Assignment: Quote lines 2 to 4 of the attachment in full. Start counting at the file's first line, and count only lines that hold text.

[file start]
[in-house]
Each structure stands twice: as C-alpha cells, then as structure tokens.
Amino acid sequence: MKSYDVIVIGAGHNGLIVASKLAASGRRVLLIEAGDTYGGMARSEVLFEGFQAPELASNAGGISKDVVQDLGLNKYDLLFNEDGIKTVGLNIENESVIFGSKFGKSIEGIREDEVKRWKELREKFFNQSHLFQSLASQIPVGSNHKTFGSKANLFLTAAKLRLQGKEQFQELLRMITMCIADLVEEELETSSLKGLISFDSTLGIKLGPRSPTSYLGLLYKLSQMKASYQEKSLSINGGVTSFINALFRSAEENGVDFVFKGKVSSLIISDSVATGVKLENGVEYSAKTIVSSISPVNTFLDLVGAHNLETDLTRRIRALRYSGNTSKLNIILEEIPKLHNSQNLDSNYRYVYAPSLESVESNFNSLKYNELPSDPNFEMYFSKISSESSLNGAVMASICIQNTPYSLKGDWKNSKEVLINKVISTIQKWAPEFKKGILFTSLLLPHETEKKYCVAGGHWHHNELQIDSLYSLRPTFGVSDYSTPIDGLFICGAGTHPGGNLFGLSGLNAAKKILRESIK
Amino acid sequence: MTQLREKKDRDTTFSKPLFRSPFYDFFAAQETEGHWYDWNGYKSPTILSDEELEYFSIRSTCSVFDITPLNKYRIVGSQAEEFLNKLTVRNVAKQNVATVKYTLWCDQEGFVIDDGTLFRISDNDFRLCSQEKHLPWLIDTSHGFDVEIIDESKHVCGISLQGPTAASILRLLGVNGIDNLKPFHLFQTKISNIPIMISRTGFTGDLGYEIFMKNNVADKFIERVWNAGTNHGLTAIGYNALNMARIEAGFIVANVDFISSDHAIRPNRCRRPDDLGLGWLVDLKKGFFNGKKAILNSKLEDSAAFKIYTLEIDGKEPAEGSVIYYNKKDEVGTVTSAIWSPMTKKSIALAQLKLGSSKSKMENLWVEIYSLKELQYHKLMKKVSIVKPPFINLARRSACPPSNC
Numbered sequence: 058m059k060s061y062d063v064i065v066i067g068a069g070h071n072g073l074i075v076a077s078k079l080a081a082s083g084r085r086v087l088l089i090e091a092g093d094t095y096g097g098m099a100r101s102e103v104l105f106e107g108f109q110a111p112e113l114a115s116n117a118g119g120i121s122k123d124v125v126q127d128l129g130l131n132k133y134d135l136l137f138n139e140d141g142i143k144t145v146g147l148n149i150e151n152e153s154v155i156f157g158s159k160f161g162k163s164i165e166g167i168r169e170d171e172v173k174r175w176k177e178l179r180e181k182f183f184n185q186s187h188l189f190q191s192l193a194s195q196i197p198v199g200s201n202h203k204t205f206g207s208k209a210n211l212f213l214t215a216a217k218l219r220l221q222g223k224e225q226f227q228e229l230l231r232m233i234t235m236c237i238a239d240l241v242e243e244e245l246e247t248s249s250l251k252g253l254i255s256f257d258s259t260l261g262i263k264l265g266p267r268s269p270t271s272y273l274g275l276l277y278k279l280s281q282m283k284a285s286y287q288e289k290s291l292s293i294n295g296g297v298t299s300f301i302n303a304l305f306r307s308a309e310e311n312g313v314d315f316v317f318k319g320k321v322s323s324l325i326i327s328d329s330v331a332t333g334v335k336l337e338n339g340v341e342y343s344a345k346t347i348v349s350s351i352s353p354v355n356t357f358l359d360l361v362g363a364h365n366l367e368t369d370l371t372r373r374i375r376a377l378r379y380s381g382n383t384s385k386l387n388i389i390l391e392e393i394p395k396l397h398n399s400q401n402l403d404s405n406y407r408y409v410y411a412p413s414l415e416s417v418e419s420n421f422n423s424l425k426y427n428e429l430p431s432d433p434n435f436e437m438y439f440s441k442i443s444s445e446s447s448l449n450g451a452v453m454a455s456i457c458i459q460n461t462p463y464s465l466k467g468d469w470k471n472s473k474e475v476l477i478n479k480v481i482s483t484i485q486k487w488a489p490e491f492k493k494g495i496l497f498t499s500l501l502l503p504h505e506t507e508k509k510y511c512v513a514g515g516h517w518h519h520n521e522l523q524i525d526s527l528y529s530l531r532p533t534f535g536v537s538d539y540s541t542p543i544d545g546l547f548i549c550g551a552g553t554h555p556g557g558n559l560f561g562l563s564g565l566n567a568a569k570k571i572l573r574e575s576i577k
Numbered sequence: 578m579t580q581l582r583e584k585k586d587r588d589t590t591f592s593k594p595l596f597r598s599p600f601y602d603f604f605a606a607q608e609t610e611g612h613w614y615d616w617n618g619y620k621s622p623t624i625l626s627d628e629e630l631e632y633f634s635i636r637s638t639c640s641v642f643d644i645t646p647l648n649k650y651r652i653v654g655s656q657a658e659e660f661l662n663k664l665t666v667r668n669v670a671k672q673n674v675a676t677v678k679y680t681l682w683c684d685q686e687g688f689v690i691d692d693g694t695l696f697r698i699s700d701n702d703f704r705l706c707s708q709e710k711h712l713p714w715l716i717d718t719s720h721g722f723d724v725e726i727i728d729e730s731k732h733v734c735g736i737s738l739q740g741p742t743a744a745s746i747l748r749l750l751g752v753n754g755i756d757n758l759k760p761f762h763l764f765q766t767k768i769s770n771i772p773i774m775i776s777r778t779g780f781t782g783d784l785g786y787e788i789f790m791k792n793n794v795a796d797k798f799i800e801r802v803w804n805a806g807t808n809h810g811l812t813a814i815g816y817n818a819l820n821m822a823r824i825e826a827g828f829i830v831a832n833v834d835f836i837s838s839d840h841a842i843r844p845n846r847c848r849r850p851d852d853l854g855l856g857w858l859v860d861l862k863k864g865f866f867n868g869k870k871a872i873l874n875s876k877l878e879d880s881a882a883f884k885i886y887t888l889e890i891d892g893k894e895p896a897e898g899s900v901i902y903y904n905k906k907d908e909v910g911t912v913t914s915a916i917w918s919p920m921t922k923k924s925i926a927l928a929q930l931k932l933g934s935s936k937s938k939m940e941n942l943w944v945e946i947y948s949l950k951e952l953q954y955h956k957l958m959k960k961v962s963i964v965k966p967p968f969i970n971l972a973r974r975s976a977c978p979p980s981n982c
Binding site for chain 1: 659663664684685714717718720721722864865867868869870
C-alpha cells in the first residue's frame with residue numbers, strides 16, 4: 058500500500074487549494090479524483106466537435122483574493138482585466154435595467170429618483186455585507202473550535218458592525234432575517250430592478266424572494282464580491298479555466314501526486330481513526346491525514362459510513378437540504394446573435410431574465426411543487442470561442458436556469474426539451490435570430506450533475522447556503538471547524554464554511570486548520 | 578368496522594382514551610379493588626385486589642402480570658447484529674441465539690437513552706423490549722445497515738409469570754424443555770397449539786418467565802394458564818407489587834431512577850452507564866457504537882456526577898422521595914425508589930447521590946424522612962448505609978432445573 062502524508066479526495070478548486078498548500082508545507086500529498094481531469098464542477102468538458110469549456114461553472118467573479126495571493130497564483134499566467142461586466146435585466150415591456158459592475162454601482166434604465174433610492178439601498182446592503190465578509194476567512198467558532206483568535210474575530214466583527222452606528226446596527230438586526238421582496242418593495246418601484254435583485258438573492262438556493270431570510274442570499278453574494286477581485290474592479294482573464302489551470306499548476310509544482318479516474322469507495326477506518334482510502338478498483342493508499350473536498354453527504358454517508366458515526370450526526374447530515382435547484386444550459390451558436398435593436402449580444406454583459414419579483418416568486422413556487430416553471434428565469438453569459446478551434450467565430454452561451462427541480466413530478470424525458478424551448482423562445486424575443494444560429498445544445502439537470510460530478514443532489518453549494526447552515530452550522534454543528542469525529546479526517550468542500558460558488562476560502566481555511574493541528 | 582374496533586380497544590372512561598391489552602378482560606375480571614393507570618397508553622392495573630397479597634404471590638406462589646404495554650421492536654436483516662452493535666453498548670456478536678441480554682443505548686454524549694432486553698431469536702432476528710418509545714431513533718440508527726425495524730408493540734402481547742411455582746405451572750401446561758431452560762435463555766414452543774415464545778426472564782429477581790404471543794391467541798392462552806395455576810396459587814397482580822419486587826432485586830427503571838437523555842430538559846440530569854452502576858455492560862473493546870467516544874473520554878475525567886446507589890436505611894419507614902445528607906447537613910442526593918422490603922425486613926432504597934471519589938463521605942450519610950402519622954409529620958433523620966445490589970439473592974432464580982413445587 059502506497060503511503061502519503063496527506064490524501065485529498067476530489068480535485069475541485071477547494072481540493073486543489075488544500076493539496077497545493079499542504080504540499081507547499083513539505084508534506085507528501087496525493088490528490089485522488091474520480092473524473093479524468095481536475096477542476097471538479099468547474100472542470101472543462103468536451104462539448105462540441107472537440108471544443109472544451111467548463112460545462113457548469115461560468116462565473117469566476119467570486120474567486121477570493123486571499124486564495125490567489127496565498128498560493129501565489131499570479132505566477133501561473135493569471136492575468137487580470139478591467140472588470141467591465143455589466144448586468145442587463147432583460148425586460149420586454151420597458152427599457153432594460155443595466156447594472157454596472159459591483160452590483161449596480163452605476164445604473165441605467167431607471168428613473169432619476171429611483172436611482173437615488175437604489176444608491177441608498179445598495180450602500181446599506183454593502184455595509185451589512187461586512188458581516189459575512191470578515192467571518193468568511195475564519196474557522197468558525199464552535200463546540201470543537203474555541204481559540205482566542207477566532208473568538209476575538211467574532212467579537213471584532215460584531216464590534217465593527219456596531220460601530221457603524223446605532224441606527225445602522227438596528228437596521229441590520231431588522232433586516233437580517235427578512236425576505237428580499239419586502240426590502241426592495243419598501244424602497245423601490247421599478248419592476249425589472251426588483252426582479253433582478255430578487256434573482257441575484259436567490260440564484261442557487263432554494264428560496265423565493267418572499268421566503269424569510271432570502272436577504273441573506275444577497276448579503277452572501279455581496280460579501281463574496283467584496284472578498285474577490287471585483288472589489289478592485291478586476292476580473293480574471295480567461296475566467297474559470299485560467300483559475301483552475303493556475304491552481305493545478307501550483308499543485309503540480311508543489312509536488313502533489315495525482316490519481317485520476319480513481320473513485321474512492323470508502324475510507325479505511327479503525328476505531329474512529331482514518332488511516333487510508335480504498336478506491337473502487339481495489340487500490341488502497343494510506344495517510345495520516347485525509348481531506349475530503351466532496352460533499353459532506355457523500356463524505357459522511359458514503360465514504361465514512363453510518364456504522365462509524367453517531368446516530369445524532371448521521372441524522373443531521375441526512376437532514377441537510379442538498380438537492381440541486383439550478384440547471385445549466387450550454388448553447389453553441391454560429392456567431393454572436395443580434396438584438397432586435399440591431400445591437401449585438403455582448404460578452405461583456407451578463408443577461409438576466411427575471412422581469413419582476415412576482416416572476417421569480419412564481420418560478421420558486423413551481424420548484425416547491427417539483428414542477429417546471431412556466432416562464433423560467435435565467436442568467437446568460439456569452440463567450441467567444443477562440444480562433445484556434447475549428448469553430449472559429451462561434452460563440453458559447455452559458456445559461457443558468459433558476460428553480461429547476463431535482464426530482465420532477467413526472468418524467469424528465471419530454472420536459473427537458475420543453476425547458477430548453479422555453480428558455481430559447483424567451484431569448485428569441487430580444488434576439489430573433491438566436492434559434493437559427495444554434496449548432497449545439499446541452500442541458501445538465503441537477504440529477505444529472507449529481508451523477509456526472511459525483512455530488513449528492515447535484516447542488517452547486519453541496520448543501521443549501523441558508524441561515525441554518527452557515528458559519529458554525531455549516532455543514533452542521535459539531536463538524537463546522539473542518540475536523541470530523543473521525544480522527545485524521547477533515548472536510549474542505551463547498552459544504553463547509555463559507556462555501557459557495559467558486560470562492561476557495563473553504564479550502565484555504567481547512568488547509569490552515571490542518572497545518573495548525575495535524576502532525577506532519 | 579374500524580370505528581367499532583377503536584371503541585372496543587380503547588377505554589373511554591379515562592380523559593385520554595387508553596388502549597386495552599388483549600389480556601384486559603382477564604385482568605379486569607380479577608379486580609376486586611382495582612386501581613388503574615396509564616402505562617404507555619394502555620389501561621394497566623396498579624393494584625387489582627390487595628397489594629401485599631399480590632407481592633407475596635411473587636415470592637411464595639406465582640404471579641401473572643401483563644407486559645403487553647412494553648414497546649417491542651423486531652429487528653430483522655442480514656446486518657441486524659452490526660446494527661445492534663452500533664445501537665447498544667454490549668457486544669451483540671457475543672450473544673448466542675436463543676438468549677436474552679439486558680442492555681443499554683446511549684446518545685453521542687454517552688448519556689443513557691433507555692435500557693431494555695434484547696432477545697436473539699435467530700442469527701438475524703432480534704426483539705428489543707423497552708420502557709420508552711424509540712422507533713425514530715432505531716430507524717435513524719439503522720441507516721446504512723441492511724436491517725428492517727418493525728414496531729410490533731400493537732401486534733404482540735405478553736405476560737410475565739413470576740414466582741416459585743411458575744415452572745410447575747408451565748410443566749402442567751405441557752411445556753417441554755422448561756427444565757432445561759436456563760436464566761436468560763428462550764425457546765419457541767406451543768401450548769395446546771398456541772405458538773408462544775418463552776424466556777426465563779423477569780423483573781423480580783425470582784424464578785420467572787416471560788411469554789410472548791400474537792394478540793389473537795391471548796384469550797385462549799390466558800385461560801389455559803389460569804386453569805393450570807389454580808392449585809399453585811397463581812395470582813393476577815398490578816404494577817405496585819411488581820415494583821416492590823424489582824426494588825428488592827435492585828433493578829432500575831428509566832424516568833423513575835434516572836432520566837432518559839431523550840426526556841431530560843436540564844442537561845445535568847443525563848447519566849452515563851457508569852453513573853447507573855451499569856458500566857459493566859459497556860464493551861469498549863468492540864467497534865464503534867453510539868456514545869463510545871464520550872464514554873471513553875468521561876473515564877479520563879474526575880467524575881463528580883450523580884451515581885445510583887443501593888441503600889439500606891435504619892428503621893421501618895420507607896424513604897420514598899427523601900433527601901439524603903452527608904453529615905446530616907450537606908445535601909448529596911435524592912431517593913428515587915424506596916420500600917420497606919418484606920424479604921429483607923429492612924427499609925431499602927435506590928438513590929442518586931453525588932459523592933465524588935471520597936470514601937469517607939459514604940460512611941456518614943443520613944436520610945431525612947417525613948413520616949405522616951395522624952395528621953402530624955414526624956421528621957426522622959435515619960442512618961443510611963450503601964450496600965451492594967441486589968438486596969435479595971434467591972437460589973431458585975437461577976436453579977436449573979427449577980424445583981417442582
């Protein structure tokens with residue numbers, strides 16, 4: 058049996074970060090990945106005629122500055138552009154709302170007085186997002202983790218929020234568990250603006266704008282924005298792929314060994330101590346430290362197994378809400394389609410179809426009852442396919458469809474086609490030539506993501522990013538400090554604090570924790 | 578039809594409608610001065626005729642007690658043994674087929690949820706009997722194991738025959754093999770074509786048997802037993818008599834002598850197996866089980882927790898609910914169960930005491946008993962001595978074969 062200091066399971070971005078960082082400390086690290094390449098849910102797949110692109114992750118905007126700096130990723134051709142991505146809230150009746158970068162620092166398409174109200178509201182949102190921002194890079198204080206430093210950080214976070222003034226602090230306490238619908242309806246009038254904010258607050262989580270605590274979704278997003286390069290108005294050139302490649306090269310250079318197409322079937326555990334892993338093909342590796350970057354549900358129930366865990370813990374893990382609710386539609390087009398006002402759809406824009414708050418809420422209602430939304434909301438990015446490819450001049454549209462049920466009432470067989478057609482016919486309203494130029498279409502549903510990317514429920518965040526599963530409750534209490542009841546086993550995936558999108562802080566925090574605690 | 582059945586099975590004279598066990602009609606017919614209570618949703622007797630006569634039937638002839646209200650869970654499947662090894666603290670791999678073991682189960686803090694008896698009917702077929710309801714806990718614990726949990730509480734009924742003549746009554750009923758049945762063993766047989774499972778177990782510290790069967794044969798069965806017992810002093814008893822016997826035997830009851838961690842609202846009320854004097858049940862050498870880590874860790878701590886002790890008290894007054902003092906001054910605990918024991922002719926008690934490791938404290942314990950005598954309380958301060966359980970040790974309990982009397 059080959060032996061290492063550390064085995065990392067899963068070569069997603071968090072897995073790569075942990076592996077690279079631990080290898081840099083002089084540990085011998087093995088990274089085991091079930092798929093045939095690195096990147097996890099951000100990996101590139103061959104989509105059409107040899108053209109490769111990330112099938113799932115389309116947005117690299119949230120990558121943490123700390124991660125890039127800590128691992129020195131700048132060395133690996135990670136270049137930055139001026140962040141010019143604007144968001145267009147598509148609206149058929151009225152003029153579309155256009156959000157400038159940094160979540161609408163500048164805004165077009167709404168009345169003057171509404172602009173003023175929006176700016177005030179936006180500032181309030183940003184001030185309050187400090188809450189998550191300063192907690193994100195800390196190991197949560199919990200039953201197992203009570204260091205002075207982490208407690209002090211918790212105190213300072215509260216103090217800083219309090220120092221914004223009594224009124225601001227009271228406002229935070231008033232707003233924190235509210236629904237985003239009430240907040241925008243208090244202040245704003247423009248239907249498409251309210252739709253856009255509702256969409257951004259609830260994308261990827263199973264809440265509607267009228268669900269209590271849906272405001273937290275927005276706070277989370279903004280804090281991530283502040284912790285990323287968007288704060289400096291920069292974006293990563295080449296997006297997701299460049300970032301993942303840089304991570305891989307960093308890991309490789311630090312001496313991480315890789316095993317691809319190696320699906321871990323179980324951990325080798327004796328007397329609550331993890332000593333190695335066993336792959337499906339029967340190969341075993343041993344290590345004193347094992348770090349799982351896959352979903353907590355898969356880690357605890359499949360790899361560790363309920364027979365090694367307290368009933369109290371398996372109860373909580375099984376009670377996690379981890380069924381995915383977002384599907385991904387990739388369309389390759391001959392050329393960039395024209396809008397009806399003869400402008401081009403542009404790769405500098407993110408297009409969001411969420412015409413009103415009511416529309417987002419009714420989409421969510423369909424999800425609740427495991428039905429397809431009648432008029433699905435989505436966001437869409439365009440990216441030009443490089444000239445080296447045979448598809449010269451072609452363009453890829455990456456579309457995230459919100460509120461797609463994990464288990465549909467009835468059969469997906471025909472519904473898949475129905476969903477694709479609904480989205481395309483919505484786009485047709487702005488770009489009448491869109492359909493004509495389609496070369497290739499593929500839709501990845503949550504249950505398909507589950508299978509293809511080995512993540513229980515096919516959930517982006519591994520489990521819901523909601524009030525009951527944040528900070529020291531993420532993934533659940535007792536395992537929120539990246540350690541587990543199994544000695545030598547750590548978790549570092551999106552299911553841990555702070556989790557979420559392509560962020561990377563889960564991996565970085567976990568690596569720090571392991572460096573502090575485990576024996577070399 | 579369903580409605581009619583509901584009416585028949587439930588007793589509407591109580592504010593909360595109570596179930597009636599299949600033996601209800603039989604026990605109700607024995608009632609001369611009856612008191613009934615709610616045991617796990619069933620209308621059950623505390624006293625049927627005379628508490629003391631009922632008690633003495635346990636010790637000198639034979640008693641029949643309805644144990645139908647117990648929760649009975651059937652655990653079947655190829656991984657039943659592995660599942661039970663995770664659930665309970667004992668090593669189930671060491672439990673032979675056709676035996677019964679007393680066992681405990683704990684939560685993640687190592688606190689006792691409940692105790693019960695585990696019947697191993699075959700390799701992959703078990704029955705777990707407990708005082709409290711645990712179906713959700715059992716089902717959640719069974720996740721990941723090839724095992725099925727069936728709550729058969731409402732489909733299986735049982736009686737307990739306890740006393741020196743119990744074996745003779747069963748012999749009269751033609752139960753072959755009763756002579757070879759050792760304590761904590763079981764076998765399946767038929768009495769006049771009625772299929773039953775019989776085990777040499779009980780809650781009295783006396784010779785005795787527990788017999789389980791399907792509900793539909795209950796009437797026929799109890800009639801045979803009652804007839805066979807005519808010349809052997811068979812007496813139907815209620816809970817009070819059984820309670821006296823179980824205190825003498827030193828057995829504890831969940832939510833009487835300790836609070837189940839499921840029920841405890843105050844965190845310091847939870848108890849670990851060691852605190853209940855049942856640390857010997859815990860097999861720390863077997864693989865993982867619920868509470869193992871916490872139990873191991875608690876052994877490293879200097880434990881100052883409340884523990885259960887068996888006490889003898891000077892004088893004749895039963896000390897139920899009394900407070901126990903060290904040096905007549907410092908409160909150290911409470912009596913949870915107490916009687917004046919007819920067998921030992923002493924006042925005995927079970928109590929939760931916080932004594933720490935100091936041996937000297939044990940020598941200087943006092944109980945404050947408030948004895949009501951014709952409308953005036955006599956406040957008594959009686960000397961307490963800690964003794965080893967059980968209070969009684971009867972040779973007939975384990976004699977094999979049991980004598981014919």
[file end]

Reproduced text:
Each structure stands twice: as C-alpha cells, then as structure tokens.
Amino acid sequence: MKSYDVIVIGAGHNGLIVASKLAASGRRVLLIEAGDTYGGMARSEVLFEGFQAPELASNAGGISKDVVQDLGLNKYDLLFNEDGIKTVGLNIENESVIFGSKFGKSIEGIREDEVKRWKELREKFFNQSHLFQSLASQIPVGSNHKTFGSKANLFLTAAKLRLQGKEQFQELLRMITMCIADLVEEELETSSLKGLISFDSTLGIKLGPRSPTSYLGLLYKLSQMKASYQEKSLSINGGVTSFINALFRSAEENGVDFVFKGKVSSLIISDSVATGVKLENGVEYSAKTIVSSISPVNTFLDLVGAHNLETDLTRRIRALRYSGNTSKLNIILEEIPKLHNSQNLDSNYRYVYAPSLESVESNFNSLKYNELPSDPNFEMYFSKISSESSLNGAVMASICIQNTPYSLKGDWKNSKEVLINKVISTIQKWAPEFKKGILFTSLLLPHETEKKYCVAGGHWHHNELQIDSLYSLRPTFGVSDYSTPIDGLFICGAGTHPGGNLFGLSGLNAAKKILRESIK
Amino acid sequence: MTQLREKKDRDTTFSKPLFRSPFYDFFAAQETEGHWYDWNGYKSPTILSDEELEYFSIRSTCSVFDITPLNKYRIVGSQAEEFLNKLTVRNVAKQNVATVKYTLWCDQEGFVIDDGTLFRISDNDFRLCSQEKHLPWLIDTSHGFDVEIIDESKHVCGISLQGPTAASILRLLGVNGIDNLKPFHLFQTKISNIPIMISRTGFTGDLGYEIFMKNNVADKFIERVWNAGTNHGLTAIGYNALNMARIEAGFIVANVDFISSDHAIRPNRCRRPDDLGLGWLVDLKKGFFNGKKAILNSKLEDSAAFKIYTLEIDGKEPAEGSVIYYNKKDEVGTVTSAIWSPMTKKSIALAQLKLGSSKSKMENLWVEIYSLKELQYHKLMKKVSIVKPPFINLARRSACPPSNC